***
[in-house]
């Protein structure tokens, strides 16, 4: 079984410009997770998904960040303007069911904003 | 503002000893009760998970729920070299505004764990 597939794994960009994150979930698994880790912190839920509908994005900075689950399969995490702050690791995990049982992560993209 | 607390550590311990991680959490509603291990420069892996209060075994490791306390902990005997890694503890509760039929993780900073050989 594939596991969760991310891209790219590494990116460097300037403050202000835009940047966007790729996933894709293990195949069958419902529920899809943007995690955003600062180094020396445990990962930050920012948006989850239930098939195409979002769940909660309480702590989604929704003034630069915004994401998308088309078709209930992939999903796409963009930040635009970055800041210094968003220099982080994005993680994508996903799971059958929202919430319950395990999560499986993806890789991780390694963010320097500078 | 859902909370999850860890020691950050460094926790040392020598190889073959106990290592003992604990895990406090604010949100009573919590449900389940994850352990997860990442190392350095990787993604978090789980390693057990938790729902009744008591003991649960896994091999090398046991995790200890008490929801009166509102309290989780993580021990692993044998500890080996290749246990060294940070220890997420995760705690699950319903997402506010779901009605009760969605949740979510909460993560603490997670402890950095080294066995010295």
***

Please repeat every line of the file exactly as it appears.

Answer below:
[in-house]
């Protein structure tokens, strides 16, 4: 079984410009997770998904960040303007069911904003 | 503002000893009760998970729920070299505004764990 597939794994960009994150979930698994880790912190839920509908994005900075689950399969995490702050690791995990049982992560993209 | 607390550590311990991680959490509603291990420069892996209060075994490791306390902990005997890694503890509760039929993780900073050989 594939596991969760991310891209790219590494990116460097300037403050202000835009940047966007790729996933894709293990195949069958419902529920899809943007995690955003600062180094020396445990990962930050920012948006989850239930098939195409979002769940909660309480702590989604929704003034630069915004994401998308088309078709209930992939999903796409963009930040635009970055800041210094968003220099982080994005993680994508996903799971059958929202919430319950395990999560499986993806890789991780390694963010320097500078 | 859902909370999850860890020691950050460094926790040392020598190889073959106990290592003992604990895990406090604010949100009573919590449900389940994850352990997860990442190392350095990787993604978090789980390693057990938790729902009744008591003991649960896994091999090398046991995790200890008490929801009166509102309290989780993580021990692993044998500890080996290749246990060294940070220890997420995760705690699950319903997402506010779901009605009760969605949740979510909460993560603490997670402890950095080294066995010295």